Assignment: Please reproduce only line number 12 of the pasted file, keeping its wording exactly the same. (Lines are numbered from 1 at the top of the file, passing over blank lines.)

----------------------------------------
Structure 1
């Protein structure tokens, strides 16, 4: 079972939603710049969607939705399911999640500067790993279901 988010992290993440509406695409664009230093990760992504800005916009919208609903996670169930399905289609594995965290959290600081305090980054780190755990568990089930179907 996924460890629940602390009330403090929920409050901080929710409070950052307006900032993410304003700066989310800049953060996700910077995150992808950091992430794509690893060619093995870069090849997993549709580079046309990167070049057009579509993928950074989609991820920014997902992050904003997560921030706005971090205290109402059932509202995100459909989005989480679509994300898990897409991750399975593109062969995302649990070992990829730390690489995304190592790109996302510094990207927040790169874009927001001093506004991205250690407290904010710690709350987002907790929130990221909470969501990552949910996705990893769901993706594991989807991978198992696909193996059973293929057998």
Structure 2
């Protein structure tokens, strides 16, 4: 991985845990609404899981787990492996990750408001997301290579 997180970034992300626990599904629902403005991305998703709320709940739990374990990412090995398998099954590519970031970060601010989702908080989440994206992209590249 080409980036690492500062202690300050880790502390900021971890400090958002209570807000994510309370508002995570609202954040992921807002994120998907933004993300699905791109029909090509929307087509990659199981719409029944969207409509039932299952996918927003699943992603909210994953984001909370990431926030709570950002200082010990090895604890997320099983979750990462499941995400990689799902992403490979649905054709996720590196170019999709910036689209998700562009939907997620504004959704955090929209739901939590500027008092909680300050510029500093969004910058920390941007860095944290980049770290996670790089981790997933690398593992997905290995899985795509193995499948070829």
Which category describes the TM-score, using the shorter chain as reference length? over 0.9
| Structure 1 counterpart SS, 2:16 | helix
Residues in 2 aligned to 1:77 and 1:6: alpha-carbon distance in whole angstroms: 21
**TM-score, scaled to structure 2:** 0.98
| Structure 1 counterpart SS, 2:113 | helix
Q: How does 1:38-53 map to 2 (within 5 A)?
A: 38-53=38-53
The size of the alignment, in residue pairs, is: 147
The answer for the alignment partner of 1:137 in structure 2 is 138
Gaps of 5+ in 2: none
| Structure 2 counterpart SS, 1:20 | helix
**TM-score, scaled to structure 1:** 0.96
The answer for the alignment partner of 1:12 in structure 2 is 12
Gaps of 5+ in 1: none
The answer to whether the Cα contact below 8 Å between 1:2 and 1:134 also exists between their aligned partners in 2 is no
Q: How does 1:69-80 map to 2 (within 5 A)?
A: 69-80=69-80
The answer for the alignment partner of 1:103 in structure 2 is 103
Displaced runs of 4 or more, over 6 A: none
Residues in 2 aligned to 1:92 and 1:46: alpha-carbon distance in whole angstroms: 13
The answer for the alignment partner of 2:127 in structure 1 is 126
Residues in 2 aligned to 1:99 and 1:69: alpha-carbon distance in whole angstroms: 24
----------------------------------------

The size of the alignment, in residue pairs, is: 147